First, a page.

Across the border into China, nomadic agriculture became a distant memory. In the vast unpopulated provinces of western China, uninhabited  ‘ghost cities’ are springing up out of the ground surrounded by large scale cash crops. They’re obviously planning for something…

Not the most appetising roadside snack i've every come across

Not the most appetising roadside snack i’ve every come across

It took us a while to figure out what was edible and what wasn’t. Vacuum-packed chicken feet were a popular driver’s snack found in most petrol stations.

One of many long-range irrigation channels crossing the desert in western China

One of many long-range irrigation channels crossing the desert in western China

Water availability in the north and west of China is one of biggest factors limiting economic development. With much of industrial China built along the banks of the Yellow River in the east, the tributaries upstream in the far west are gradually being sucked dry. These irrigation channels run for hundreds of miles taking water straight from the mountains to the far off towns and villages. The water in the channels is motoring, so not ideal for the wash that we desperately needed.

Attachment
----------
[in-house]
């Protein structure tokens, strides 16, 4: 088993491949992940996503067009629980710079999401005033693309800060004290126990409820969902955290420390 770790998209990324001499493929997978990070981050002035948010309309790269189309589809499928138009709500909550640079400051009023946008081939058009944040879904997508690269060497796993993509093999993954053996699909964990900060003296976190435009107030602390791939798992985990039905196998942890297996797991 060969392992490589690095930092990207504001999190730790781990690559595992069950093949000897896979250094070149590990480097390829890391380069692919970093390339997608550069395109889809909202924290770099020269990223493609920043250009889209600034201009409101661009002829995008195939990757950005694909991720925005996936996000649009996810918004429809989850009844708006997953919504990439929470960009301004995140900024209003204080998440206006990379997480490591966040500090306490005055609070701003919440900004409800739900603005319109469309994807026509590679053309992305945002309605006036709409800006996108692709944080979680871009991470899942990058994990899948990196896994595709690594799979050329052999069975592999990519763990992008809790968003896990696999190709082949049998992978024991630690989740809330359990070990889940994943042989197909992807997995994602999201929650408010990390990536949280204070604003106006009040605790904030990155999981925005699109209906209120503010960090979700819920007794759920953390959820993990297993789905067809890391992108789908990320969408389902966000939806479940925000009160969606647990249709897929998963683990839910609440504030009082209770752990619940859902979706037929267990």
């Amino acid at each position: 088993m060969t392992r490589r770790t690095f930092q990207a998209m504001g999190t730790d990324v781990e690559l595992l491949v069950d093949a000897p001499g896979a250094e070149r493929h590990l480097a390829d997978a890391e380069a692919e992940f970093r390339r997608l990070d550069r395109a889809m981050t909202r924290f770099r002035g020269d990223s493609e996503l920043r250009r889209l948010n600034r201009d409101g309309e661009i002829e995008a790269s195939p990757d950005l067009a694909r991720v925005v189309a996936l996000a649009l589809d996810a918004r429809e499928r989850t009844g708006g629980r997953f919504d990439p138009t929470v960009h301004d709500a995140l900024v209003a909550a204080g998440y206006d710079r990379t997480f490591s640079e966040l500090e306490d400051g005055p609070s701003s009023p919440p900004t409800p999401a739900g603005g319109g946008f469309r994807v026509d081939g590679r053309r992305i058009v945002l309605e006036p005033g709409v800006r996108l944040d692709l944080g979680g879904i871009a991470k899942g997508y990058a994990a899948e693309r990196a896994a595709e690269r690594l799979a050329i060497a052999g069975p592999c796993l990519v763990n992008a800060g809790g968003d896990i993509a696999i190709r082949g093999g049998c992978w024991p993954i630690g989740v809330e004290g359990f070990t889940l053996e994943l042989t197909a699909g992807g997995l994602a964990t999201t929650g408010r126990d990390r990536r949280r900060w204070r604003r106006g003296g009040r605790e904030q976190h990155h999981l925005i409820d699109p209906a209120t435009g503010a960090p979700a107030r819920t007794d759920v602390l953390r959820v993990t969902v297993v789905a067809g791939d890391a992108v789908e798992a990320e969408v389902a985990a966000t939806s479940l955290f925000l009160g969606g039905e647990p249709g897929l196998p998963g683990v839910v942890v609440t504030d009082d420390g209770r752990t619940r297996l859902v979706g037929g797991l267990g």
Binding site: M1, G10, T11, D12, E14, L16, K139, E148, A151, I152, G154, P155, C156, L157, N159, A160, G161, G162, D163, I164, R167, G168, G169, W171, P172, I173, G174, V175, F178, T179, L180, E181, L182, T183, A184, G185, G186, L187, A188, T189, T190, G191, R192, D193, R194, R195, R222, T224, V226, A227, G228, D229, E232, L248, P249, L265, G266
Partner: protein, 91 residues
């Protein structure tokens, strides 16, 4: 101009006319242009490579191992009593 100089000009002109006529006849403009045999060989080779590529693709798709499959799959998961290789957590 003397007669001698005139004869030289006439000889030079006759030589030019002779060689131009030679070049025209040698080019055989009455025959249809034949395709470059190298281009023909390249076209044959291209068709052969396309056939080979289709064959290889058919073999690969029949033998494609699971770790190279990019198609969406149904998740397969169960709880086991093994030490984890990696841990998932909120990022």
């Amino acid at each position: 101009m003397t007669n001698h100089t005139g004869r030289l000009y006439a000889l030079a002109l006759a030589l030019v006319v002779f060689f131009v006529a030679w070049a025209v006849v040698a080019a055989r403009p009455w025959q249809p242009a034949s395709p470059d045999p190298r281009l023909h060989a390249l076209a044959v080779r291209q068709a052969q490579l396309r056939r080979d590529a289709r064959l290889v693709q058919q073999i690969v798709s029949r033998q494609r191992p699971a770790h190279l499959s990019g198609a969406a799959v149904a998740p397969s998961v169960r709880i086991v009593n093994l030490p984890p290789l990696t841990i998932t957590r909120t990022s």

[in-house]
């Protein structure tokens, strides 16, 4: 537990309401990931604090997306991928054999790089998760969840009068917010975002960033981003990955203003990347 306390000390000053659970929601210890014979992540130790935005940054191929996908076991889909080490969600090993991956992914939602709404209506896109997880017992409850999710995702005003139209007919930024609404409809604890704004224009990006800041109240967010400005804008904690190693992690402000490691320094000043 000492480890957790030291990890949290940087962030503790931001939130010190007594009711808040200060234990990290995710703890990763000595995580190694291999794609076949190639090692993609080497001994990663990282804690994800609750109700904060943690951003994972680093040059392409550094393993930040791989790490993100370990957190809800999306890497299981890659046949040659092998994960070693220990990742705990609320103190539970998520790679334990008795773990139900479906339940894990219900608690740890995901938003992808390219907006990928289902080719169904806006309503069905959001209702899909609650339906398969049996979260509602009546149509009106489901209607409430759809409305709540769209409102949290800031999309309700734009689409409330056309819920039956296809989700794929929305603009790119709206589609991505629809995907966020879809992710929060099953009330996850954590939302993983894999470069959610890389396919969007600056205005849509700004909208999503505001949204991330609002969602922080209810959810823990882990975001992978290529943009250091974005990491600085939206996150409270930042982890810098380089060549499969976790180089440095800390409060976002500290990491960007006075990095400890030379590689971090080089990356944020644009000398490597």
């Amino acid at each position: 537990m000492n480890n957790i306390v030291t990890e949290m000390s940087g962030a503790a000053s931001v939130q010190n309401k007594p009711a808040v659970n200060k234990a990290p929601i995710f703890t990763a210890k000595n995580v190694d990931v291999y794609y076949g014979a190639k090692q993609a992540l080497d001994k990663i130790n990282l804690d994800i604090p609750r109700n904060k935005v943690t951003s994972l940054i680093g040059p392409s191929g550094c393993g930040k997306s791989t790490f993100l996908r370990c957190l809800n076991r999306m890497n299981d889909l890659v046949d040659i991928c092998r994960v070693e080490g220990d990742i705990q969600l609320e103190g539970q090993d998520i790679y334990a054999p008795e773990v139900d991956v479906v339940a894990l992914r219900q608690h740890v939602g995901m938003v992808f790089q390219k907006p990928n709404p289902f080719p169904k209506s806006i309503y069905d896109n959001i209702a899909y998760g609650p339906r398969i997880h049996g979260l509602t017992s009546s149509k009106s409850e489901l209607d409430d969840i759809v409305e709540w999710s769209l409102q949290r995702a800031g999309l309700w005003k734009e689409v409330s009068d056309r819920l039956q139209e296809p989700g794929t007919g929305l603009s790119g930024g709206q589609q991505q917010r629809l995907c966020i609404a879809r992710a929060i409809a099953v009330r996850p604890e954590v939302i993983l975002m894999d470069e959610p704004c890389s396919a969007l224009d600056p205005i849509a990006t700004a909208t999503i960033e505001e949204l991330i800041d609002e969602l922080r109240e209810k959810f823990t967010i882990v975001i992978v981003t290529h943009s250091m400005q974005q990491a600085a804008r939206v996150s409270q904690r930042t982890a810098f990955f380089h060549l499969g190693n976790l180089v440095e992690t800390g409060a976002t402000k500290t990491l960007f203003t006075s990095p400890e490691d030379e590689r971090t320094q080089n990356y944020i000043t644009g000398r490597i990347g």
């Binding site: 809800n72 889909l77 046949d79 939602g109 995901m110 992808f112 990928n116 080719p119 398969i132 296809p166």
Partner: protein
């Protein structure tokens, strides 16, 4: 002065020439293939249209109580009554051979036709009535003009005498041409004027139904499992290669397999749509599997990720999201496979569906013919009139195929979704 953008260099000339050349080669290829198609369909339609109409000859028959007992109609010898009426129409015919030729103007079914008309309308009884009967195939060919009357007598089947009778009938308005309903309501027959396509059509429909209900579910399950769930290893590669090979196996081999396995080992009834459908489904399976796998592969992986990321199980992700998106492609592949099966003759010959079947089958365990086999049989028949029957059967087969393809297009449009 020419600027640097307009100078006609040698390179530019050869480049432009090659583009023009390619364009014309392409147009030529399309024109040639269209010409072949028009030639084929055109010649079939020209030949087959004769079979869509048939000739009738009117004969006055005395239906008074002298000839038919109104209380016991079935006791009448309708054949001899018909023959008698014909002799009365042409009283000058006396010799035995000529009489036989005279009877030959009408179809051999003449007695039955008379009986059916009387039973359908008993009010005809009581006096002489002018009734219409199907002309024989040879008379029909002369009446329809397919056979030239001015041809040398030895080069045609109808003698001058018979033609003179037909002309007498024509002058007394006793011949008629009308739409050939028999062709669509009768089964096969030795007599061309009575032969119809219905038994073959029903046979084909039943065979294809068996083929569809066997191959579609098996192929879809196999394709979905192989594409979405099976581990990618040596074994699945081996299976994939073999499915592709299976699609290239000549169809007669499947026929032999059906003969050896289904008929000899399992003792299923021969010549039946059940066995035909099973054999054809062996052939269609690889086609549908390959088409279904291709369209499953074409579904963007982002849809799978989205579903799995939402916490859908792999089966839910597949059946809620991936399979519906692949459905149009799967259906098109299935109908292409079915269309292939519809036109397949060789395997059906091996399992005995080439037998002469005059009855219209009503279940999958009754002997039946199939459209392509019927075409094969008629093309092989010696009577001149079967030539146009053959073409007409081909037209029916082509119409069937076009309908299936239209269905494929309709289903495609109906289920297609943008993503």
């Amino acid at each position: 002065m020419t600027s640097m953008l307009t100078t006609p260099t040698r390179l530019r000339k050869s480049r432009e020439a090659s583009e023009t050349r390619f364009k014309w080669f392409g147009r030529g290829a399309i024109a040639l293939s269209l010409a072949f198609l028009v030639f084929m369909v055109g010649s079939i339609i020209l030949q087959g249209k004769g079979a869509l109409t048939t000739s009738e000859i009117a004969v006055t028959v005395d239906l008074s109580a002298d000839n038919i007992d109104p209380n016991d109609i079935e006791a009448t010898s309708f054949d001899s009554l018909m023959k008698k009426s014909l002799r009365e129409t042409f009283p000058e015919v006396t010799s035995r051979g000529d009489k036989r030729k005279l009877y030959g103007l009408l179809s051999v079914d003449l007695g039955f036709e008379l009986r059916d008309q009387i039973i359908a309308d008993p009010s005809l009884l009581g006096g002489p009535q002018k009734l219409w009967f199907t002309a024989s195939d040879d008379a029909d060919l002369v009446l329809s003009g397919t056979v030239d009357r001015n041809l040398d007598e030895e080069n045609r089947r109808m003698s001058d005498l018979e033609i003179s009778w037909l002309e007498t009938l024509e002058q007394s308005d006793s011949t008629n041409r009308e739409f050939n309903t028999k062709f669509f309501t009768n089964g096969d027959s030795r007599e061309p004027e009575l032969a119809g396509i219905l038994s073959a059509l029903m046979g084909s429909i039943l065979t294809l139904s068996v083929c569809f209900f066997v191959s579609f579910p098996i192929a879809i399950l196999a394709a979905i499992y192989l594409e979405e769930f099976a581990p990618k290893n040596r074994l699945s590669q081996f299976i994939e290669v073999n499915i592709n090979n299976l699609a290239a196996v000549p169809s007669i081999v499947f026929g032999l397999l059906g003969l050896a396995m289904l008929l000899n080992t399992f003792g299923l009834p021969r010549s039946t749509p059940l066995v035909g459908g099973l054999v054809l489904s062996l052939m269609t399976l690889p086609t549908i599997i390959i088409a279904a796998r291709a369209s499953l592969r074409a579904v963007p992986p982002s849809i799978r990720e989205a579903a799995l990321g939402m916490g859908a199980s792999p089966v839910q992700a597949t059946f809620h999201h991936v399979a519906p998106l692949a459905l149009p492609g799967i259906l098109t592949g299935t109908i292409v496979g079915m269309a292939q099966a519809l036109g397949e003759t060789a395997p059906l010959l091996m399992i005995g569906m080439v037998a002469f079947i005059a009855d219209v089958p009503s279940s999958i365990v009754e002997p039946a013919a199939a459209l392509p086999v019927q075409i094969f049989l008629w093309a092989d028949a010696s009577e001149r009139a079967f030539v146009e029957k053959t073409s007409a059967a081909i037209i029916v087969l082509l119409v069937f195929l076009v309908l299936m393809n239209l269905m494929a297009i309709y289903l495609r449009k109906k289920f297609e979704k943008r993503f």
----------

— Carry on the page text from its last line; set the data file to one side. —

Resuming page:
Wind farms on the move along the G30 in western China

Wind farms on the move along the G30 Expressway in western China

We cycled through what must be some of the world’s biggest wind farms in western China and they are being built at a rate of knots. At least 3 convoys of flatbed lorries carrying turbine blades would pass us each day.

The remains of the far western extremity of the Great Wall (or walls) of China

The remains of the far western extremity of the Great Wall (or walls) of China

But for all the industrial activity, much of the country maintained a traditional pastoral feel, with these fat-bottomed sheep grazing along the remains of the Great Wall of China.

The world's smallest combine harvester?

The world’s smallest combine harvester?